Three years were given to the first of the new settlers to pull out — five years at the uttermost. All though said that some of them would stay, some putting it at 50 percent, some at 25 per cent, but most of them at 5 to 10 per cent. Our readers know the rest of the story. The maximum five years elapsed, five years more have followed suit, and practically every year has seen an augmentation of the settlement we had the year before.
There is no longer any questioning the new settlement, and no longer any questioning the agricultural status of the country. The only question now is as to how long land will continue to sell here for a half or a fourth of what it in average years will produce in standard crops, and as to what this land is actually worth.
To close by answering the question—if in the rain belt a piece of land is paid for in ten years by farming it, Mr. Farmer | considers he has been a tollerably prosperous case.
Here on old time prices crop values ran upward of ten dollars, while on up-to-date prices crop values are running everywhere from $10, to upwards of $100 per acre.
At $10 an acre for crops, on the bases of ten years to pay for the farm, would give $100 an acre as the value of the land.
Years alone will tell the story, but if this land isn’t worth from $25 to 50 an acre right now — wholly for fanning purposes, then crop production and values have nothing to do with the question.
Meantime we would say to eastern investors, come here and investigate for yourselves.
“Nearly everything lives in a hole in the ground; the rattlesnakes, prairie dogs, owls, ground-squirrels, and even the people.”
-Letter from Joy Coy Colorado, 1916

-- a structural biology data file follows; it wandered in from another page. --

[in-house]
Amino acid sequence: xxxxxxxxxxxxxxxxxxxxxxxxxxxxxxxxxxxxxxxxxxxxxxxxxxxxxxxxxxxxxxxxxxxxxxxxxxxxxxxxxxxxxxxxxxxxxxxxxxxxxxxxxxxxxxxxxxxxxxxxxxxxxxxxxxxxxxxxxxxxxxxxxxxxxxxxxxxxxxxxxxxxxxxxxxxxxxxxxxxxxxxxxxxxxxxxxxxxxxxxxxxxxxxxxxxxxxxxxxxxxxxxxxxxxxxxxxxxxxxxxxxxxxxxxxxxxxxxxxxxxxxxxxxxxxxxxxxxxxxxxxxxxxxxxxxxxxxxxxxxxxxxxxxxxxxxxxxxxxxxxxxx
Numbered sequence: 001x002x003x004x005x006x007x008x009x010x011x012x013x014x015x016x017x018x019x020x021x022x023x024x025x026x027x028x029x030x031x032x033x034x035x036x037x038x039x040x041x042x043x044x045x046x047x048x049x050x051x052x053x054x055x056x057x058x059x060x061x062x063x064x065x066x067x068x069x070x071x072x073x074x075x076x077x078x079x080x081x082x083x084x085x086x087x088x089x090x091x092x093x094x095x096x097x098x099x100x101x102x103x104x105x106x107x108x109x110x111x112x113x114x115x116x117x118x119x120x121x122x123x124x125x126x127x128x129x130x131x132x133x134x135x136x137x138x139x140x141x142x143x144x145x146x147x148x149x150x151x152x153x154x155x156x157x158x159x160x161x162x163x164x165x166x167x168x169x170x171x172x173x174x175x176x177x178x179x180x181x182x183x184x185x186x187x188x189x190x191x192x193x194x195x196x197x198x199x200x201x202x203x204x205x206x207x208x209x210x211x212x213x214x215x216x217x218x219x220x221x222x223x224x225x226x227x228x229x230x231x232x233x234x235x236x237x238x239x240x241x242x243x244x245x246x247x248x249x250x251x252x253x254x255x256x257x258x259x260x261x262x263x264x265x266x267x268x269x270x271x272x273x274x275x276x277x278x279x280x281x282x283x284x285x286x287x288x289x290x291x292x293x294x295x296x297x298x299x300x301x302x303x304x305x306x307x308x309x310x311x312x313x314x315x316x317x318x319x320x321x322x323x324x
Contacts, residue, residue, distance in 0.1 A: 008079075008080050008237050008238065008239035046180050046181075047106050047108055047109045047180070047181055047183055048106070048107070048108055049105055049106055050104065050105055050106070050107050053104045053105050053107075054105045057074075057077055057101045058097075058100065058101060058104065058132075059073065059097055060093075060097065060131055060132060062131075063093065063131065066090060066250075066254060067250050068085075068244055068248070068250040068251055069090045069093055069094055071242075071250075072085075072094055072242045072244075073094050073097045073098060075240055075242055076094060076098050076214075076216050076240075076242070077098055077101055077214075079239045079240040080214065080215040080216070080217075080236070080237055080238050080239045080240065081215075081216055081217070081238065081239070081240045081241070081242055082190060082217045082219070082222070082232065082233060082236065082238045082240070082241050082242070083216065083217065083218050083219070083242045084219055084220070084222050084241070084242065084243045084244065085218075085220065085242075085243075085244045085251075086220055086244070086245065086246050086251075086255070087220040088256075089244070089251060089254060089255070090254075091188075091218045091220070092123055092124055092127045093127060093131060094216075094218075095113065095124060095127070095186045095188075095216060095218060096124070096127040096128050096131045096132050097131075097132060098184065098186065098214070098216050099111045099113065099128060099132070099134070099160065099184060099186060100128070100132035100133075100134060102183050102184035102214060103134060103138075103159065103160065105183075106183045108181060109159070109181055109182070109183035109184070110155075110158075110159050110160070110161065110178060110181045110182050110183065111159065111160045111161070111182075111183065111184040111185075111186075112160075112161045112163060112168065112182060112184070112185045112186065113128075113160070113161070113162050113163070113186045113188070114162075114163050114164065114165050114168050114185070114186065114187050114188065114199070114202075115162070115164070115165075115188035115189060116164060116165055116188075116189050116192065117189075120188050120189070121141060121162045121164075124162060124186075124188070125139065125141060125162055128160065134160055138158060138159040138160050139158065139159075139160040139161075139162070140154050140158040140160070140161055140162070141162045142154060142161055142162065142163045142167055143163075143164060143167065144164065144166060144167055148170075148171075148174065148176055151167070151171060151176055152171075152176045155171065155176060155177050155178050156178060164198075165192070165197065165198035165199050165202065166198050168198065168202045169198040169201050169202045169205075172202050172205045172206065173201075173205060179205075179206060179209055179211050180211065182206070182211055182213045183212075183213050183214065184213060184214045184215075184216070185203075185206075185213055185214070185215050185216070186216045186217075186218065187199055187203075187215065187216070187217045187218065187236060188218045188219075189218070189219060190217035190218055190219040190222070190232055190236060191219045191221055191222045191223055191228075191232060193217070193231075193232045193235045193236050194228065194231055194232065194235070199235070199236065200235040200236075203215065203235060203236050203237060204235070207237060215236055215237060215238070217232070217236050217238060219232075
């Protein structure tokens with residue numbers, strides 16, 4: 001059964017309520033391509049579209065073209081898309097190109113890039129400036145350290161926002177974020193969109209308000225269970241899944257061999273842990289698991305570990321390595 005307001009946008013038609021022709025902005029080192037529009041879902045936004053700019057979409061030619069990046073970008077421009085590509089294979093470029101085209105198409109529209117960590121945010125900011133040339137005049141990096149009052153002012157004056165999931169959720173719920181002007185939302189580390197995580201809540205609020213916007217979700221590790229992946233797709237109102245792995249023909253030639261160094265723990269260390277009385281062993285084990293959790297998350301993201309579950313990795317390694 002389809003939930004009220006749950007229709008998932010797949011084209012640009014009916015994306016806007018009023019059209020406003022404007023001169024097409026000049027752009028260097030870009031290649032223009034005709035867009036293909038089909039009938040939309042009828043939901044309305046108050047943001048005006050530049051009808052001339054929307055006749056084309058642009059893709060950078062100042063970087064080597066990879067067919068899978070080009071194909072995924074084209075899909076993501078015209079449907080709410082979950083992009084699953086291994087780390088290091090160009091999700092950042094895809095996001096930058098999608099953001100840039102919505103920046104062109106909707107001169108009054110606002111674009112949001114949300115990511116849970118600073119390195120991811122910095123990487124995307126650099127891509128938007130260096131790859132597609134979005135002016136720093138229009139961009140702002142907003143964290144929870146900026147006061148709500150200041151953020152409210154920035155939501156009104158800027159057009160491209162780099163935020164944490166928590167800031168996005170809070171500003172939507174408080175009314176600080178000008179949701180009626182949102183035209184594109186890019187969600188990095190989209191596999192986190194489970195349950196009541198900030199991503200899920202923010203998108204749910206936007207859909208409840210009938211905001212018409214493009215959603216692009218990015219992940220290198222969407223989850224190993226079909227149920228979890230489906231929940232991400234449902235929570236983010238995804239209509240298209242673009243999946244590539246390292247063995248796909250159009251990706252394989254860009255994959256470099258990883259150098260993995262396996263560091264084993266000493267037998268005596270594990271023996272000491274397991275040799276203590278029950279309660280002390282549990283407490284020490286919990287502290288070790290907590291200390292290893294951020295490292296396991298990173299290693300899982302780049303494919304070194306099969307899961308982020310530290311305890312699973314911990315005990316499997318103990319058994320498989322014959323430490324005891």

Pritchett, Colorado lies in the extreme Southeast part of Colorado. There is not a lot of activity there these days. There is a school, a bar, a hotel for providing astrotourism adventures in the best dark skies in the United States, and a few houses. The empty storefronts on main street provide a few clues of a busier time when this portion of Colorado was the “Broomcorn Capital of the World.”
As you drive south through Pritchett you see a couple of towering grain elevators and railroad track. The railroad is a key part of this story but we will save that for later in this post.
A couple miles west of Pritchett, Colorado State Highway 160 turns south as it takes a path toward Trinidad Colorado. As you turn south there sits in a pasture, on the right hand side of the highway, a few piles of ruble signifying as many such locations do on the prairie that there was once life and activity in former days. This location and this ruble was what was known as Joy Coy, Colorado. The reference in the quote above about living underground refers to a “dugout” which is a shelter that is dug in the ground and roofed over.
The first news from Joy Coy was in 1915, so it is likely that is when folks came and set up the town. They came because this was one of the last places in the United States with free land available to homesteaders.
The first I learned about the settlement of Joy Coy was in the book, Bear Tracks and Cactus Tree’s by Iris Powell Colwell. Iris lived in Balko, Oklahoma,the hometown of my wife and she actually attended our wedding. It was only a few years ago that we discovered that when Iris was a child her family homesteaded west of Joy Coy. They apparently ran the store there for a time (See Below).
Additional information about the settlement of Joy Coy follows:
O. F and Jeffie Gray of Bruno returned a few days ago from Joy Coy, Colorado, where they had been Visiting their brother, W. O. Gray, who went to that country last spring and homesteaded 320 acres of fine land. They said that the entire 320 acres can be cultivated and that it is very rich and productive. They also stated that while there is a great deal of land in that country subject to homestead entry, it is being taken up very rapidly, and in a short time it I will all have been taken off the market. The young men stated that they would return to that country in a very short time and file a homestead on 320 acres each. We regret to see these young men leave Marion county but hope they will do well in Colorado
JoyCoy was described in the 1980 Baca County History Book as follows:
Jacob Gelvin wife Myrtle, sons Walter Ray daughters Flossie and Margaret, bought the whole east side of town. It consisted of a three room house, a filling station, garage, blacksmith shop between this building and the general store was machinery. The general store carried everything from thread to cookies. Crackers, cookies and candy came in a 12x12x12 inch box with lids